It’s a big task taking pets overseas from Australia. There’s a wide range of things that you need to organise, from your pet’s flights to vaccinations to the export permit. Plus preparing for your pet to return, if it’s not a permanent move. I’ll take you through everything you need to consider…
Should You Take Your Dog Overseas from Australia?
Firstly, you should consider whether you really should take your dog overseas from Australia. This is due to a combination of three factors: the need to fly your dog in cargo, the complicated process to bring your dog back to Australia, and the cost. International pet travel from Australia is complicated.
If you’re just going overseas for a month or two on holiday, don’t consider taking your dog, unless they’re an assistance dog. (Or if you’re flying in a private jet, with cost not an issue!) Consider instead leaving your dog behind with friends and family or a pet-sitter.
But if you’re going overseas for a longer period, say six months or longer, it’s more feasible, as long as you’re fine with the cost. When we travelled around Europe and the USA with our dog, Schnitzel, we ended up being away for 20 months. Naturally, of course, if you’re permanently heading overseas, you’ll want to move overseas with your dog.
An extra consideration is that pets cannot be imported directly back into Australia from many countries. Pets can only be directly imported from the approved Group 1, 2 and 3 countries listed in this table. If you’re heading to an unapproved country with your dog, your dog will need to travel back to Australia via an approved country.
Cost of Taking Pets Overseas from Australia
It is far more expensive to fly your pet overseas from Australia than your own flight, even if you splurge for business class seats.
Make sure you budget for the following costs:
- Vet visits, usually at least a rabies vaccination and an export health check
- Government Health Certificate and Export permit
- Approved travel crate
- The actual flights, usually the most expensive component
- Pet transport company charges, which may include some or all of the above costs, plus transportation and boarding
- Custom charges at your destination
When I flew with my pet overseas in 2017, from Sydney to Madrid, the total cost of taking my pet overseas from Australia was over $3000, including the above fees.
Since then, prices have generally increased, especially since 2020 when many freight charges have increased. I recently requested a quote for my pet to fly with a pet transport company from Sydney to Vancouver, a shorter direct flight, and was quote around $3000, not including a rabies vaccination, crate or airport charges at the destination.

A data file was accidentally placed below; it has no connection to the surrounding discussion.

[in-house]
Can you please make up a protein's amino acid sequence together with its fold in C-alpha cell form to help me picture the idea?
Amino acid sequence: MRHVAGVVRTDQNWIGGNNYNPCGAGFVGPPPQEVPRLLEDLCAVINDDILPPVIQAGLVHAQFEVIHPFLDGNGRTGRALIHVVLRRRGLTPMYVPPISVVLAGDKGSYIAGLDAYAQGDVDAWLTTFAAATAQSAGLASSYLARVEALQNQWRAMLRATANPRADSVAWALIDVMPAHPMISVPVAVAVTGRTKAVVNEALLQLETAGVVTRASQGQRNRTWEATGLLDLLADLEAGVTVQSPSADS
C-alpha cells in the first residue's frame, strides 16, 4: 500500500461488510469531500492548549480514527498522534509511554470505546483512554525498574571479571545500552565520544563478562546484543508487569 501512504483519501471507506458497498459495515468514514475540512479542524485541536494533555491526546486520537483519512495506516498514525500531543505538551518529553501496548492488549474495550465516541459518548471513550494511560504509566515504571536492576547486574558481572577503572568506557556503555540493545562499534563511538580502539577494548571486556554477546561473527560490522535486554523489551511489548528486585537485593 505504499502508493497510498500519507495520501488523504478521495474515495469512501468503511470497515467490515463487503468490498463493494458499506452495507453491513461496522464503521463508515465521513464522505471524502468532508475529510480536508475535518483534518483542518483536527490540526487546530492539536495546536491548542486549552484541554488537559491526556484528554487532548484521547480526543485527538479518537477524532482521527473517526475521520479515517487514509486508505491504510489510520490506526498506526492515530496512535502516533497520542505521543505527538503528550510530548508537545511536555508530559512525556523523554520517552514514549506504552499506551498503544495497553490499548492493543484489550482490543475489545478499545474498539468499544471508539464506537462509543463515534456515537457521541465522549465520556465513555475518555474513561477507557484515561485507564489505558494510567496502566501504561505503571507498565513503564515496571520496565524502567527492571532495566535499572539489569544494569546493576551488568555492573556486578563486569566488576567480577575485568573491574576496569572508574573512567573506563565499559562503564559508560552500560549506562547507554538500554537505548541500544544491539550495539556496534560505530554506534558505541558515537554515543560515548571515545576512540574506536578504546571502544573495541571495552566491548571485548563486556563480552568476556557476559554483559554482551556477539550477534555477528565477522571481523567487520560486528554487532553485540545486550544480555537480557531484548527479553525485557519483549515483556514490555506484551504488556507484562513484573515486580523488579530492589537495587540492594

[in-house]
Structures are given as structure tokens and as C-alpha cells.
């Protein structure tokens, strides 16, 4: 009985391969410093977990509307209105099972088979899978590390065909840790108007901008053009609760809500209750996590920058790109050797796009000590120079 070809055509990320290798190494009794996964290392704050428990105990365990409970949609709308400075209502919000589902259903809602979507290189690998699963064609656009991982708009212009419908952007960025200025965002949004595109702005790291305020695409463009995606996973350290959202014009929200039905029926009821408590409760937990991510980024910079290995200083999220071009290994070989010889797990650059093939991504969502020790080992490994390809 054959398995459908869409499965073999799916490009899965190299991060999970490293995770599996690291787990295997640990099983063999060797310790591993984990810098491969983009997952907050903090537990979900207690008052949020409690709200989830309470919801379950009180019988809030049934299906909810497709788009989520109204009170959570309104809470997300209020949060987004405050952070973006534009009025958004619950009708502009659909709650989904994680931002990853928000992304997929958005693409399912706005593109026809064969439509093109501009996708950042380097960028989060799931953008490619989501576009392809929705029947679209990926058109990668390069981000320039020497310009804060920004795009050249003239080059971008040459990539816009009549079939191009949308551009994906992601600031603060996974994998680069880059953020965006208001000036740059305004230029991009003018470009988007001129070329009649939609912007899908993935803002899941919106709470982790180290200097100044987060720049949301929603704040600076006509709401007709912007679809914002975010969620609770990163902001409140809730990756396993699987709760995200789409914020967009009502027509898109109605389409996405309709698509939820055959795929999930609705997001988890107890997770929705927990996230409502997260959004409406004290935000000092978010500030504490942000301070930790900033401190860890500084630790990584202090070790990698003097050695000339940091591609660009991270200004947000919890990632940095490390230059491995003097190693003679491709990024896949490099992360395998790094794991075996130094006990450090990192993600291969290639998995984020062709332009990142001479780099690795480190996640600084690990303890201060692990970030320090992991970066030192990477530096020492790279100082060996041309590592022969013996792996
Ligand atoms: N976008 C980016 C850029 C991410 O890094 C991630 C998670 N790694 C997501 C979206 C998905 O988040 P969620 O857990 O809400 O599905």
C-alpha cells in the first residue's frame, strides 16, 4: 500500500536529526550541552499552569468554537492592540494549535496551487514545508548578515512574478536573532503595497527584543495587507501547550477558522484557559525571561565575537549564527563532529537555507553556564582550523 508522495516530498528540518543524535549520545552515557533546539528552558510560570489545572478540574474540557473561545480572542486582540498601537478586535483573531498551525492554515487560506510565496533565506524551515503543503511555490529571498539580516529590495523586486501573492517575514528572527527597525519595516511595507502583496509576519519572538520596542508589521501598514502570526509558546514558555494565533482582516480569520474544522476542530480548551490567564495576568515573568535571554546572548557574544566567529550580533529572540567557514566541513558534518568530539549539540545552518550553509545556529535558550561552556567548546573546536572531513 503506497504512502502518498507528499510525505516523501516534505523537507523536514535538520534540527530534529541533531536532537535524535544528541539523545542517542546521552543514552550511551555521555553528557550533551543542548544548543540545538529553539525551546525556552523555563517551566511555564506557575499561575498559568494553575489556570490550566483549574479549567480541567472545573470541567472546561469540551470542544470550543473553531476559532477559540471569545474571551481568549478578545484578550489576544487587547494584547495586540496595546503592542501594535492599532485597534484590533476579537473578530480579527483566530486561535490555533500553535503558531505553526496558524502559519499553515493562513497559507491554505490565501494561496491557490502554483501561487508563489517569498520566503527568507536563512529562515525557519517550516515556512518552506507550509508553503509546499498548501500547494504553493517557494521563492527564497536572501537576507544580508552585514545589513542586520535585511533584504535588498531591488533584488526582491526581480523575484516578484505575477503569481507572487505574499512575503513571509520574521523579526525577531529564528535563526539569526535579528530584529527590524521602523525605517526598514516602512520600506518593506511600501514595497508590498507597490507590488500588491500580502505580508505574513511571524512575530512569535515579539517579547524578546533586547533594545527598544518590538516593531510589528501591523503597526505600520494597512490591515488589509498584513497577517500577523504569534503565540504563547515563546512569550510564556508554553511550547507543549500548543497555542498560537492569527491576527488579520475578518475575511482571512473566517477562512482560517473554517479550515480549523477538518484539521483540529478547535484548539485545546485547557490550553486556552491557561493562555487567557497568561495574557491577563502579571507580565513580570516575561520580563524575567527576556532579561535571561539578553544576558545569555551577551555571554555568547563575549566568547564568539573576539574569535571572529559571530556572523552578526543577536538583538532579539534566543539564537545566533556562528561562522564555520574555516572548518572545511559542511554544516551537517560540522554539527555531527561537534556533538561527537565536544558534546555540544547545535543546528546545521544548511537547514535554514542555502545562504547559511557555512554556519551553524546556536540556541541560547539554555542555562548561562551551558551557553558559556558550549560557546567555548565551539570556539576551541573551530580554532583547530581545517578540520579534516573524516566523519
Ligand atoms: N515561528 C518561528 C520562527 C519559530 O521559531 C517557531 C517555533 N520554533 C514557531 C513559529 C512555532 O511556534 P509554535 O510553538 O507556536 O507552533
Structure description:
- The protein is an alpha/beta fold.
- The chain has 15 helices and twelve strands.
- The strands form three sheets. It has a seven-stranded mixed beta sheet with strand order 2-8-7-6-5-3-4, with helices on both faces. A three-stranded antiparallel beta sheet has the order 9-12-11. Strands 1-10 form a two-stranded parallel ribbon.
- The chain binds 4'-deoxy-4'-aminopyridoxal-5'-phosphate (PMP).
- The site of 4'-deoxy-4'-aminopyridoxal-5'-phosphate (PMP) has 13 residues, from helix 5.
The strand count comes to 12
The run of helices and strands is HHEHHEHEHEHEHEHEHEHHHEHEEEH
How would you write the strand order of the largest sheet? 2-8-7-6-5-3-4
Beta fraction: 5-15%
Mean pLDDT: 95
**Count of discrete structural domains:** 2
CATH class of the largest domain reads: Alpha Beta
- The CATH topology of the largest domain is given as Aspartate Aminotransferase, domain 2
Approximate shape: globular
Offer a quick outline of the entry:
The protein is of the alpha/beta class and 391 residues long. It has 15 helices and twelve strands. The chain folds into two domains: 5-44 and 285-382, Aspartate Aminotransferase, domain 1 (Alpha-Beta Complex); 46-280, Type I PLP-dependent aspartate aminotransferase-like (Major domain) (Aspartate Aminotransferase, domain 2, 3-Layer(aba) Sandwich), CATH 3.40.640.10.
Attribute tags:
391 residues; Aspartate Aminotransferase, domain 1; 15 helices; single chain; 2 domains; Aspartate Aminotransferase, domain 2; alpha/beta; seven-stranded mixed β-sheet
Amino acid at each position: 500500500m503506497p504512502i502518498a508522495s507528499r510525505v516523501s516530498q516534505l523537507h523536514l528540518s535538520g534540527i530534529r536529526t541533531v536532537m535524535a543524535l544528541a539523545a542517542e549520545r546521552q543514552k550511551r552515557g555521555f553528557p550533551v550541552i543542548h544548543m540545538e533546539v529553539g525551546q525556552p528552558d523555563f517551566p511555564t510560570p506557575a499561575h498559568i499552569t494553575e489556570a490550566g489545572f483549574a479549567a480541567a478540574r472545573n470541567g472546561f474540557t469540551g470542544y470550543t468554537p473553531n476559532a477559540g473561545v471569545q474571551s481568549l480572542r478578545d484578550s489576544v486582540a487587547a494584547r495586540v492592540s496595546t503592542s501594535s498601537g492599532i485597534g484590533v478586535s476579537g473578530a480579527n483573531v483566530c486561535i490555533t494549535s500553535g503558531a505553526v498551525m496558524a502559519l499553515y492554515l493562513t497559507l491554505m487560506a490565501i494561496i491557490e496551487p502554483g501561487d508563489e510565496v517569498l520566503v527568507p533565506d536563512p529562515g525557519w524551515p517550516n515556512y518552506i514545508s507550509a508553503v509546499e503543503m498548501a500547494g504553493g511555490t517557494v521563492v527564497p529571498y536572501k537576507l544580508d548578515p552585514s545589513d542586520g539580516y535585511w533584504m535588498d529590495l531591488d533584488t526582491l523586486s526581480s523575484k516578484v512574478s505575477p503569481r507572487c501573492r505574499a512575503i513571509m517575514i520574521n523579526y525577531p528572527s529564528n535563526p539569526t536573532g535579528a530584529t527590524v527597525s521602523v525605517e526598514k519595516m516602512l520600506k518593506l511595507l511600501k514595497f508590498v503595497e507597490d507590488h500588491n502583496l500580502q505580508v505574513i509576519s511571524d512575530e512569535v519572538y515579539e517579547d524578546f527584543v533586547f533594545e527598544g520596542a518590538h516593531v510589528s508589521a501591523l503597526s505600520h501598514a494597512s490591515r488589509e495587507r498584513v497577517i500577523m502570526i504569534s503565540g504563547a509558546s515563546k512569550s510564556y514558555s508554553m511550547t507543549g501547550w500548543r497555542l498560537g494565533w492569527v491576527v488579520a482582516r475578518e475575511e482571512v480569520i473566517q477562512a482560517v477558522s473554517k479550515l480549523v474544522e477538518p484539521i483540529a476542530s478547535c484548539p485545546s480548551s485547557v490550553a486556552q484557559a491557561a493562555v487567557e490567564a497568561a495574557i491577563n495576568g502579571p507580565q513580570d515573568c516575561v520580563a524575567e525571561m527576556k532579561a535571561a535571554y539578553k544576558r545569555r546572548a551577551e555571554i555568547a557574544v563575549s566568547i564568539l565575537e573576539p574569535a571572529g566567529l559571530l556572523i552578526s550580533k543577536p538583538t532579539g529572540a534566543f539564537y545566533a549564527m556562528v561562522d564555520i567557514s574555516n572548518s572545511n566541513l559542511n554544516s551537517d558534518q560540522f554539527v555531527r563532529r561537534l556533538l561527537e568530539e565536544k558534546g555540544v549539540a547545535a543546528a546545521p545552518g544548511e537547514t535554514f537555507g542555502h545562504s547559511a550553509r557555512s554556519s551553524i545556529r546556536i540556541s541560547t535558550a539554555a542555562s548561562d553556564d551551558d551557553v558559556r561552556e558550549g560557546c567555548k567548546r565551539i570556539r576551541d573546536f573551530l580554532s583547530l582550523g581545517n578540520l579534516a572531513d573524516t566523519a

Booking Flights for Your Dog
As I mentioned above, when dogs leave Australia they need to fly as cargo in the hold of the plane. This is an Australian government regulation that applies to all animals except registered assistance animals. Many major airlines flying to and from Australia will fly animals as cargo, including both Qantas and Virgin Australia.
In order to fly your pet out of Australia, you will generally need to book through a pet transport company. On selected flights without a transit, Qantas previously accepted direct bookings for pet freight, such as when I flew my dog back from Los Angeles.
However, it has not been possible to book directly with Qantas since 2020, according to their website. As far as I’m aware, every other airline flying to and from Australia requires you to book through a pet transport company.
The advantage of being required to book with an animal transport company is that they’re pros at flying pets, and can step you through all the requirements. They can also have a crate delivered to you for your pet to fly in. I used Jetpets when I first headed overseas.
When pets fly as cargo, they fly in the hold of the plane, which isn’t quite as scary as it sounds. There’s a special compartment for flying animals, that is temperature and pressure controlled, similar to the passenger cabin, with dimmed lights. However, some pets are at increased risk when flying, including brachycephalic breeds and older pets.
Don’t Forget Crate Training
When your dog is flying in the hold, they will fly in a large, sturdy crate, which must meet the requirements set out by the International Air Transport Association (IATA). You can buy a flight crate off a pet transport company, some airlines or many larger pet stores. In the latter case, be careful to ensure it meets all the requirements, especially the minimum size requirements.
To reduce the stress of flying for your dog, it’s best to crate train your dog well in advance. I luckily crate trained my dog as a puppy, so he quickly settled into his flight crate, but even older dogs can be trained. Ideally introduce your dog to their actual flight crate as soon as possible, but you can also start crate training in an alternative crate.
Firstly introduce your dog to their crate by allowing them to sniff it and perhaps go inside of it. Encourage them go go inside and make positive associations with it by feeding them inside the crate.